2012 Update to The Society of Thoracic Surgeons Guideline on Use of Antiplatelet Drugs in Patients Having Cardiac and Noncardiac Operations

Division of Cardiovascular and Thoracic Surgery, University of Kentucky, Lexington, Kentucky. Electronic address: .
The Annals of thoracic surgery (Impact Factor: 3.85). 11/2012; 94(5):1761-81. DOI: 10.1016/j.athoracsur.2012.07.086
Source: PubMed
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Available from: Thomas Brett Reece, Mar 08, 2015
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    • "No superiority of one platelet reactivity test over the other for risk stratification of bleeding can be established. The Society of Thoracic Surgeons has recommended platelet reactivity testing as a tool to manage perioperative antiplatelet therapy in their guidelines.[7]In patients on dual antiplatelet therapy in need of urgent operations, bleeding risk estimates based on platelet reactivity testing should be used to decide upon surgical delay rather than the arbitrary use of a specific period of time (class IIa recommendation). "
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    ABSTRACT: Many patients are treated with platelet inhibitors such as aspirin and clopidogrel for prevention of thrombotic cardiovascular events. However, the inhibitory effect of antiplatelet therapy is variable between patients; in some, the platelets are hardly inhibited, while in others, the platelets are excessively inhibited. The newer and more potent platelet inhibitors, prasugrel and ticagrelor, often lead to low platelet reactivity, which potentially leads to bleeding events. Preoperative measurement of platelet reactivity in patients receiving platelet inhibitors who undergo cardiac surgery, could be useful to identify those with low platelet reactivity and thus have an increased risk of bleeding during or after surgery. In this review, we discuss the most commonly used platelet inhibitors and platelet function tests. Furthermore, we will provide an overview of the evidence for the prediction of post-operative bleeding at the operation site with preoperative platelet reactivity testing in patients undergoing cardiac surgery.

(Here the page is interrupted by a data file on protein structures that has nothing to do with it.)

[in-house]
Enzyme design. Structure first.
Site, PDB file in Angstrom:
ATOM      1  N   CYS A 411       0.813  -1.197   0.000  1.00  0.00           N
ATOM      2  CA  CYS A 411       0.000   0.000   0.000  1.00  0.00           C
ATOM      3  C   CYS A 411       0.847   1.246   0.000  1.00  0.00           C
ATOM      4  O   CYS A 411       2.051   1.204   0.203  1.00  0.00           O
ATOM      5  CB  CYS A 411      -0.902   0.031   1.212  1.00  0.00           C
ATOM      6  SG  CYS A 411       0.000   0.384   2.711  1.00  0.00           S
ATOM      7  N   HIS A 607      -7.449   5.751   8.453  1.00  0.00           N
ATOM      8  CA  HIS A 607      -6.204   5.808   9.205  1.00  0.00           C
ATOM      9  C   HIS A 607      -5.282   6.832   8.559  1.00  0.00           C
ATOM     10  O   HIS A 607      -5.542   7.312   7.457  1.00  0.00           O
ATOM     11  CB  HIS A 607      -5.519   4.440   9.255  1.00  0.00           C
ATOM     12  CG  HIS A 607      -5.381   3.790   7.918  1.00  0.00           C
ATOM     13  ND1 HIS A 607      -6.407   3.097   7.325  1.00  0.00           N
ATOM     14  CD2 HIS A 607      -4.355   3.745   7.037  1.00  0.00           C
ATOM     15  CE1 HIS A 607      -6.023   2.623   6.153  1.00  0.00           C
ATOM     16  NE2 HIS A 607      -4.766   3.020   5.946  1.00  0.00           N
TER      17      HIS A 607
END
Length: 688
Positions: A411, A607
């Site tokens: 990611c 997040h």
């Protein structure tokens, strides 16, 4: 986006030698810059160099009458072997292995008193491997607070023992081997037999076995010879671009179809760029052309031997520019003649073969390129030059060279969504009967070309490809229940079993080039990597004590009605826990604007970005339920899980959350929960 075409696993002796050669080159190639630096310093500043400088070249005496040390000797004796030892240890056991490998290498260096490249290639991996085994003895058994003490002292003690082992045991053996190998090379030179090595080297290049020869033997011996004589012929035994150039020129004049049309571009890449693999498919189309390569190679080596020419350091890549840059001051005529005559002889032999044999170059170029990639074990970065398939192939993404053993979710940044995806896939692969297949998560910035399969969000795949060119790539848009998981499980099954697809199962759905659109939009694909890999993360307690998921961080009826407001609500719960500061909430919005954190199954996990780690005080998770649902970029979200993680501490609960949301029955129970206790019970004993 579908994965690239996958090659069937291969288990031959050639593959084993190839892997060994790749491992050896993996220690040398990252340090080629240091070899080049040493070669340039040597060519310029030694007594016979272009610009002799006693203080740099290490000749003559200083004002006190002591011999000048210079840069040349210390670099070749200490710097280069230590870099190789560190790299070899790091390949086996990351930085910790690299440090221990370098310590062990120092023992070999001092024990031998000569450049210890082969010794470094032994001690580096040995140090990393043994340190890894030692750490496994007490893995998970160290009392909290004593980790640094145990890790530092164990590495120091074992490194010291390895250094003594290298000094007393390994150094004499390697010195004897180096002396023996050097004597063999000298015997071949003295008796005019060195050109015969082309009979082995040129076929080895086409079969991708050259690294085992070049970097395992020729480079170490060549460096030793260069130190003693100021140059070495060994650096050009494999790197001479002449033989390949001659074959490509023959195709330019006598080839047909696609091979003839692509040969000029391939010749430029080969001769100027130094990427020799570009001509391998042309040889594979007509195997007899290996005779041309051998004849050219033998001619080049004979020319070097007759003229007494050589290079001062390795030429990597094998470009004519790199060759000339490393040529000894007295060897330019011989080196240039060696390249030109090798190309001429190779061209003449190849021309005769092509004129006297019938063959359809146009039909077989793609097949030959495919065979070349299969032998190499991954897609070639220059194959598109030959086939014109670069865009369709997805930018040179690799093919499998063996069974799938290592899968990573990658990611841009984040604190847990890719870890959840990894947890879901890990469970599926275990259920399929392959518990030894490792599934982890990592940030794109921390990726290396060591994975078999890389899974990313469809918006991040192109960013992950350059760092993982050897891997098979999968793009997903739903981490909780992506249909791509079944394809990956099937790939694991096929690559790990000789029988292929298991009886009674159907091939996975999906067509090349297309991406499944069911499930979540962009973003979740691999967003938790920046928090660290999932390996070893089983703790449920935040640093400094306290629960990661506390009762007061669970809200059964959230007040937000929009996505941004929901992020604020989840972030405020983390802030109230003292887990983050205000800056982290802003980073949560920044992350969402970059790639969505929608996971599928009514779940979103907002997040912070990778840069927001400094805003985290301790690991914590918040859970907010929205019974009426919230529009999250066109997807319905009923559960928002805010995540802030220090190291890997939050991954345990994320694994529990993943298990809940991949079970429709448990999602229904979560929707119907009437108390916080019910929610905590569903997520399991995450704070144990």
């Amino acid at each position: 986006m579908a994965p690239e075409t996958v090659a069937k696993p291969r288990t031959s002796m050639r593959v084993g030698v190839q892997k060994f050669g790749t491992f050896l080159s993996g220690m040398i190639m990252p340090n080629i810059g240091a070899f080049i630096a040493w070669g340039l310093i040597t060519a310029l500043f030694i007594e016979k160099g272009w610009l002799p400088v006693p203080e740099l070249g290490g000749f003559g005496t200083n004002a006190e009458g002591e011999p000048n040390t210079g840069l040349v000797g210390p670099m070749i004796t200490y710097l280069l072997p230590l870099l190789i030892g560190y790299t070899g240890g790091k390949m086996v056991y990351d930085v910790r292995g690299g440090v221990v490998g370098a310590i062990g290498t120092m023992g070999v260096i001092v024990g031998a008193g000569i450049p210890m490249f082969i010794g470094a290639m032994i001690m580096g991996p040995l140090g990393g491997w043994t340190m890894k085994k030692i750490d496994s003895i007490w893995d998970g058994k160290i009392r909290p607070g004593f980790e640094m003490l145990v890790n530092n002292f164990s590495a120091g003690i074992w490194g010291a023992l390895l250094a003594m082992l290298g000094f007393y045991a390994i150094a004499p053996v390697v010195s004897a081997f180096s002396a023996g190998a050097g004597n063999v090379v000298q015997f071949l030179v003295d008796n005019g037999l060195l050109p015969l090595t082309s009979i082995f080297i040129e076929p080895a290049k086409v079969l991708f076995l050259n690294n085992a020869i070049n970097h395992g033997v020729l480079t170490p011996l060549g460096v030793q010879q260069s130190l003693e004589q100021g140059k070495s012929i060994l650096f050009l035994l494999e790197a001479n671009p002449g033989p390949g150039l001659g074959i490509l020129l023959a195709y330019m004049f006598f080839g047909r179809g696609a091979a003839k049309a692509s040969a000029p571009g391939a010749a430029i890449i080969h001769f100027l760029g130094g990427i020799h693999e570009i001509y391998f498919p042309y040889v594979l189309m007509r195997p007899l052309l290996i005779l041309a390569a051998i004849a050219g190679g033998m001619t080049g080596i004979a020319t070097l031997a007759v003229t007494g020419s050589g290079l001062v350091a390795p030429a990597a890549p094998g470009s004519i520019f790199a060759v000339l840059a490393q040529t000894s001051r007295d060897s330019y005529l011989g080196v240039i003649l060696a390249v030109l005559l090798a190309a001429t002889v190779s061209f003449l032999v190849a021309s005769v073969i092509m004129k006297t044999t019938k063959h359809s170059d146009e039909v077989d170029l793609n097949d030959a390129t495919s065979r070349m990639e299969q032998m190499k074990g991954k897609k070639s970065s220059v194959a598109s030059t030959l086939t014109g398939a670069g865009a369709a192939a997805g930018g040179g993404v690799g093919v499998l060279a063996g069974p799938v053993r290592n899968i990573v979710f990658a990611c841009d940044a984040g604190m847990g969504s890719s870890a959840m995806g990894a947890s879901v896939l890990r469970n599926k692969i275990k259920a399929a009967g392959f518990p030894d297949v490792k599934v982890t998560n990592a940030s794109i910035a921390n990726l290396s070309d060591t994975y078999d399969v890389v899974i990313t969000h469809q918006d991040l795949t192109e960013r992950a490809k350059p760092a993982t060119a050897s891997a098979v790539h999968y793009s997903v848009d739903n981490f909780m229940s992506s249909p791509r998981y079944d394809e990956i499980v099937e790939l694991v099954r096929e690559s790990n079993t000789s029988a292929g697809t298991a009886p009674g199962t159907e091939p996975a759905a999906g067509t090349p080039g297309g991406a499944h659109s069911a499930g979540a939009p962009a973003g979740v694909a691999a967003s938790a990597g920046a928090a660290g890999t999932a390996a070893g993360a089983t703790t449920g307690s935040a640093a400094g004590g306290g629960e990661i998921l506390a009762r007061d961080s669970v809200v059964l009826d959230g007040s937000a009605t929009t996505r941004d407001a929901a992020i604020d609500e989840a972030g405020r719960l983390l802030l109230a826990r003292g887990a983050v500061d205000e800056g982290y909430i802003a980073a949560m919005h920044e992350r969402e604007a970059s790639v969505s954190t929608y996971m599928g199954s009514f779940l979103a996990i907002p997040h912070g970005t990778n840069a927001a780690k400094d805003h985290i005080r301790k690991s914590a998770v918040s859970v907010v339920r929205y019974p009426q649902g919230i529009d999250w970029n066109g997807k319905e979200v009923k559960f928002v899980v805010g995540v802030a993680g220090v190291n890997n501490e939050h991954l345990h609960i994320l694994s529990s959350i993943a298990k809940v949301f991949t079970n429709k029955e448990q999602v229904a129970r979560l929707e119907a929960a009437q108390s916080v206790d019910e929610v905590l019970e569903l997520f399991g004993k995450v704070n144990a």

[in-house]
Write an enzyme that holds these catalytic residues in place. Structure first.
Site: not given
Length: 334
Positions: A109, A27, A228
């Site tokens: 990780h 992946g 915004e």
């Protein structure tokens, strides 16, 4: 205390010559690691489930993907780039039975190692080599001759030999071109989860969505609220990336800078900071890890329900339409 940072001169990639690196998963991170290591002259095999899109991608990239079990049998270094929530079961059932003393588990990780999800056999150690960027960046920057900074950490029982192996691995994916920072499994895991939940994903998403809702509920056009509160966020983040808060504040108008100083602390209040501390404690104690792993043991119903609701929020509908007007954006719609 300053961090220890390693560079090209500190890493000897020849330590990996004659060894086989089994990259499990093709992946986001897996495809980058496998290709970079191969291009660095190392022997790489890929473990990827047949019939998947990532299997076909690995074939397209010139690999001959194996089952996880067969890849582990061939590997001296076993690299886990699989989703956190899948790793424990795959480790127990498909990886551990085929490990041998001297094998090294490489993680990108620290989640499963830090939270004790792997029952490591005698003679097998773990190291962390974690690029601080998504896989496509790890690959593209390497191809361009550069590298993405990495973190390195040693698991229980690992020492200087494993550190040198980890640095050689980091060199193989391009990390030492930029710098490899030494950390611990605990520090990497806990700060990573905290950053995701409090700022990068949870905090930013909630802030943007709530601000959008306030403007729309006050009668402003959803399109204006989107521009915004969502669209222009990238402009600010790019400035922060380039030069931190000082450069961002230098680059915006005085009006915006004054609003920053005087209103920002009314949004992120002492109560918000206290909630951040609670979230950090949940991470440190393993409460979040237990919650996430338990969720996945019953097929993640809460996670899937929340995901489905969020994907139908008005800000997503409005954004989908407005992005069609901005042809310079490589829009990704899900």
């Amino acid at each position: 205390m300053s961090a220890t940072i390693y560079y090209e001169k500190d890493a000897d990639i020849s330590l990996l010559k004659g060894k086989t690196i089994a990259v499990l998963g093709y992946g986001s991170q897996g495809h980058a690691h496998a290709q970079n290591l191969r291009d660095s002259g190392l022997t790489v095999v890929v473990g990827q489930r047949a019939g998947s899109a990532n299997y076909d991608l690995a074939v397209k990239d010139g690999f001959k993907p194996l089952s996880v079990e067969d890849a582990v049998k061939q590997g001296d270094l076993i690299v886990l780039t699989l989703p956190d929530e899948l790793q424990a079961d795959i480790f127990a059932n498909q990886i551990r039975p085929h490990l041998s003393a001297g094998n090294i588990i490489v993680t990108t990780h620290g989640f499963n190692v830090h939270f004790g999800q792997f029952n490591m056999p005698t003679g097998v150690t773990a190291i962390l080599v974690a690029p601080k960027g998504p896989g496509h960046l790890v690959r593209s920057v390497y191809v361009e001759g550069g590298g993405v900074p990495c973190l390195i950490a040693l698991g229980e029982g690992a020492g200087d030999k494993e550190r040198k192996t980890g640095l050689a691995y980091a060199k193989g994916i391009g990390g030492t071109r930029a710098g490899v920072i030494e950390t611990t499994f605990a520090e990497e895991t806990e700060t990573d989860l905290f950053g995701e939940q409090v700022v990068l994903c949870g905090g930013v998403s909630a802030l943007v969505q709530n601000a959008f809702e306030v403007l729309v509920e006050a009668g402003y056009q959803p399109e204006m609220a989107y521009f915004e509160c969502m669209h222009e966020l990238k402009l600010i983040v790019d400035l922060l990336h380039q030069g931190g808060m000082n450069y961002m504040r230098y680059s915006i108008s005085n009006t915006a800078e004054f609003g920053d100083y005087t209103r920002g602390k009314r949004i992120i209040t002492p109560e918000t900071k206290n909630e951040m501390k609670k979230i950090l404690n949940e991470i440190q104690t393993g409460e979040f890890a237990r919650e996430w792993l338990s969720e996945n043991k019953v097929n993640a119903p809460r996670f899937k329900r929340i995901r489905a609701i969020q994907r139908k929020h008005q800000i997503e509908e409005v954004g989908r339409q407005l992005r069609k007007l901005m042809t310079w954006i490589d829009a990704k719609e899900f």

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    • "The current practice is to withhold antiplatelet therapy for up to a week before procedures associated with a high risk of bleeding [7]. However, in patients requiring urgent operations or bleeding excessively , current guidelines suggest platelet transfusions may be reasonable [7]. Although supplementation with active platelets has been shown to be effective in vitro to reverse the effect of aspirin and the P2Y12 inhibitors clopidogrel and prasugrel [8] [9] [10] [11] [12], it is unclear whether this strategy will be efficacious in the context of triple antiplatelet therapy with concomitant vorapaxar. "

    Full-text · Article · Nov 2015 · Thrombosis Research
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    • "For patients who receive DAPT, the decision to defer the operation according to PFT results is more reasonabl6e than making a decision on the operation day according to the period of drug withdrawal. The optimal value of continuing aspirin alone or DAPT to prevent stent thrombosis or other ischemic events during cardiac and non-cardiac surgery is uncertain because of the lack of prospective trials [14] [15] [16]. The risk of bleeding is likely to be higher with DAPT than with aspirin alone or no antiplatelet therapy, but the magnitude of the increase is uncertain. "

    Full-text · Article · Jun 2015 · Thrombosis Research
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